Interview: Jon Eddy Abdullah
What are the prospects for the launch of a 4G network in Thailand and what impact will it have?
JON EDDY ABDULLAH: The launch of 3G mobile broadband in Thailand has had a phenomenal impact on the country. Mobile operators are now functioning in a more complex market, where the priority has shifted to becoming a mobile internet company. Smartphones in particular have driven this change; operators have to contend with the massive data demand stemming from users having access to multimedia capabilities, sharing information and enjoying entertainment through their mobile devices. This trend has subsequently driven demand for faster mobile broadband options and more reliable data services in Thailand. The country is ready for the roll-out of 4G services, which can provide data speeds 10 times faster than existing 3G networks. The crucial point is that Thailand must be swift to introduce the 4G network, or it risks falling behind regional standards. In this regard, we see the potential September 2014 4G auction as a very positive step for the country. Yet, any auction is likely to be quite technical, as it will require the amalgamation of different band spectrums in order to make it attractive for both domestic and foreign companies. Most domestic mobile operators have already invested heavily in 4G capacity on their networks. For DTAC, we have close to 15,700 base stations across the country, more than 5000 of which are 3G enabled, while 1m of our customers already have 4G-enabled devices. When required, the technology and equipment we have will allow us to switch each base station to 4G in about 15 minutes.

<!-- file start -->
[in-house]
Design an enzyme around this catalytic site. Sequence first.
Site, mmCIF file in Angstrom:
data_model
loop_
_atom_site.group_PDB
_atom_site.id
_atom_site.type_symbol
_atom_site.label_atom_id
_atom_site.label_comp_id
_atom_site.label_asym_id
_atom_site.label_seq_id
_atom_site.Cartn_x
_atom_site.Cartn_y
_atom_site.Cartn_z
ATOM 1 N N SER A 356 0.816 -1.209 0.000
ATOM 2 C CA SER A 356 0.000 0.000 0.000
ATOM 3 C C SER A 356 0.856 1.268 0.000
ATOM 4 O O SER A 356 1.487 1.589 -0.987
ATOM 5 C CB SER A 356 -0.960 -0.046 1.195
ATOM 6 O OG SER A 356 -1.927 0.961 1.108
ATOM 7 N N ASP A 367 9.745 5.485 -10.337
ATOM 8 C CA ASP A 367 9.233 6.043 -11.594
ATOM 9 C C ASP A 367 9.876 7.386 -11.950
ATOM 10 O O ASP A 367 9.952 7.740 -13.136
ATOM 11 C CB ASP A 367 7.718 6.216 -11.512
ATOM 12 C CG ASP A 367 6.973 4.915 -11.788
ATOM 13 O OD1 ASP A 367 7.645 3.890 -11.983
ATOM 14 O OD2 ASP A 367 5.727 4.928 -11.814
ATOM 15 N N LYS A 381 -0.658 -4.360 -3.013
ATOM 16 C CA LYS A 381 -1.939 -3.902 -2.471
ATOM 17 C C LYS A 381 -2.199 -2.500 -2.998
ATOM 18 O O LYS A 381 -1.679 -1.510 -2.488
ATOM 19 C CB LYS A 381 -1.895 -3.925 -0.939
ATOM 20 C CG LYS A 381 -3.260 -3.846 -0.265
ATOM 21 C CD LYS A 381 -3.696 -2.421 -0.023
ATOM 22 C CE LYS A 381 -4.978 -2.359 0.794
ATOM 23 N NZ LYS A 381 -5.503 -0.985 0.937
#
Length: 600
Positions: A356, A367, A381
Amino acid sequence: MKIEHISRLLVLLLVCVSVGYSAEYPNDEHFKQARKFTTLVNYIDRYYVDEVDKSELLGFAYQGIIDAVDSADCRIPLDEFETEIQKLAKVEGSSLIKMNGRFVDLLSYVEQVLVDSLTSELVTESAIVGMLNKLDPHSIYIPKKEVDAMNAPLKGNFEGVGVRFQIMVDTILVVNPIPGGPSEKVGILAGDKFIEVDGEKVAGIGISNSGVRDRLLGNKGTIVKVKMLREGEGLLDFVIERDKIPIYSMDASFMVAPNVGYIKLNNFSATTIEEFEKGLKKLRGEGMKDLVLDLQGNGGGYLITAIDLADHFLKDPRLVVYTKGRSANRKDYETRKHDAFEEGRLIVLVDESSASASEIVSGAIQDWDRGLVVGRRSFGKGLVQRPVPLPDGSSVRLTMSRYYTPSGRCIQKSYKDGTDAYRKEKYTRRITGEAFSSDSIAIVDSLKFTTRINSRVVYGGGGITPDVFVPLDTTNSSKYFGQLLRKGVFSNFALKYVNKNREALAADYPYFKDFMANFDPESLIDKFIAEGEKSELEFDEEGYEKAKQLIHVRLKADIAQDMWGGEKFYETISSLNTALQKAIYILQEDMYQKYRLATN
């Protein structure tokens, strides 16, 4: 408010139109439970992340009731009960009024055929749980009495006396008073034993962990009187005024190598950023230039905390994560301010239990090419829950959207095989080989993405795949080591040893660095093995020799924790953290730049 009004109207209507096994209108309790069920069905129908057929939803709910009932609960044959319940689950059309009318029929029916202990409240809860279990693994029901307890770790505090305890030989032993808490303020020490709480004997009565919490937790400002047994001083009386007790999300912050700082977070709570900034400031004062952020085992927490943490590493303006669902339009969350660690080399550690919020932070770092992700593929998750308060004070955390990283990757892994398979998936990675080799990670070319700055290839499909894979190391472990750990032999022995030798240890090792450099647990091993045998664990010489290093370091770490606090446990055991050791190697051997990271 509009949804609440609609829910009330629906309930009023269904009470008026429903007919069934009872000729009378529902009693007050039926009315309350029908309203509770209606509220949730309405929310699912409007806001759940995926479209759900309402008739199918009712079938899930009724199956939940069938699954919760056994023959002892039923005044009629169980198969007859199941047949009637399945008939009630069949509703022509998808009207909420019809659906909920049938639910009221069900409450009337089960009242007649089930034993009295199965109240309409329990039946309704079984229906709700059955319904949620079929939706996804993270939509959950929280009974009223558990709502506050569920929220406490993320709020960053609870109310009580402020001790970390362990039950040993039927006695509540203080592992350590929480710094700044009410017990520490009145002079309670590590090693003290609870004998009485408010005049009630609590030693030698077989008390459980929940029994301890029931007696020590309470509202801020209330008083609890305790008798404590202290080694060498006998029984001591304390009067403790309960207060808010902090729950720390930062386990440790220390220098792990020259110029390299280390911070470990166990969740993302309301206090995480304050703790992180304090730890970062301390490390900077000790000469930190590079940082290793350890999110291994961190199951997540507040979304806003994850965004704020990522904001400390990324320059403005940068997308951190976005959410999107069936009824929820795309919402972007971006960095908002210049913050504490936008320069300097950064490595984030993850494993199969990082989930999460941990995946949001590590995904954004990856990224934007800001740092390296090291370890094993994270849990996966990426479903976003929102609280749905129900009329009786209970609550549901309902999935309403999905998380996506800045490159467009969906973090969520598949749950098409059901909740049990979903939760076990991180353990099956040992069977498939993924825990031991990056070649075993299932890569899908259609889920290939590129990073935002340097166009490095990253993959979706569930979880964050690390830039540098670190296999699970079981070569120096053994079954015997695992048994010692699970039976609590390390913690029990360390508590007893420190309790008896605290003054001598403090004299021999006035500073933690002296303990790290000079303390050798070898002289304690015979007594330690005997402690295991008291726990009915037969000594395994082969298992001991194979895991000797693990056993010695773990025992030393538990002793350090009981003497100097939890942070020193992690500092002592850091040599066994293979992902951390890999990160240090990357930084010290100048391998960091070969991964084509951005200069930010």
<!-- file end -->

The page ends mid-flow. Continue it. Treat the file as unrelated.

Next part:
What is the outlook for the unused portion of DTAC’s 1800-MHz spectrum?
ABDULLAH: DTAC currently has 50 MHz of a 1800-MHz spectrum under a concession agreed with the state telecoms operator, the Communication Authority of Thailand (CAT), which will expire in 2018. We are currently using 25 MHz of this spectrum, so there is scope for either employing the unused portion as part of our 4G network or releasing this section of the spectrum back to the National Broadcasting and Telecommunications Commission for auction in 2014.
However, allocating this 25 MHz of spectrum to the auction would be the best option for the telecoms sector and the country. We estimate the value of this unused frequency to be in the vicinity of BT22bn ($719.4m), so the potential benefits to Thailand would be significant under any auction. If an agreement is not reached, this frequency will go unused until the concession with CAT expires in 2018.
How can mobile operators stimulate economic development in Thailand’s provincial regions?
ABDULLAH: The roll-out of 3G bandwidth on the 2100-MHz frequency has been a huge boon for mobile data users in Thailand, with around 20% of handsets in the country supporting this frequency.
Yet, there is still significant work to be done in making mobile data more accessible outside of major urban areas. Data use in the north of Thailand, for example, is significantly lower than the national average. Yet, with growing numbers of tourists visiting the region, coupled with a burgeoning meetings, incentives, conferences and exhibitions industry, and expanding cross border trade stimulated by agricultural and locally made products, the region requires better access to mobile data services to encourage this economic development. To that end, a number of operators are looking to expand their coverage in the region, as there is such tremendous potential for growth. DTAC has expanded its TriNet service – covering the 850-MHz, 1800-MHz, and 2100-MHz spectra – across the north of the country. We are doing this through bundled packages with affordable smart phones, as the smartphone market in this area is also underserved. Migrating consumers from 2G to 3G will create economic opportunities in the region by opening up channels of communication and commerce.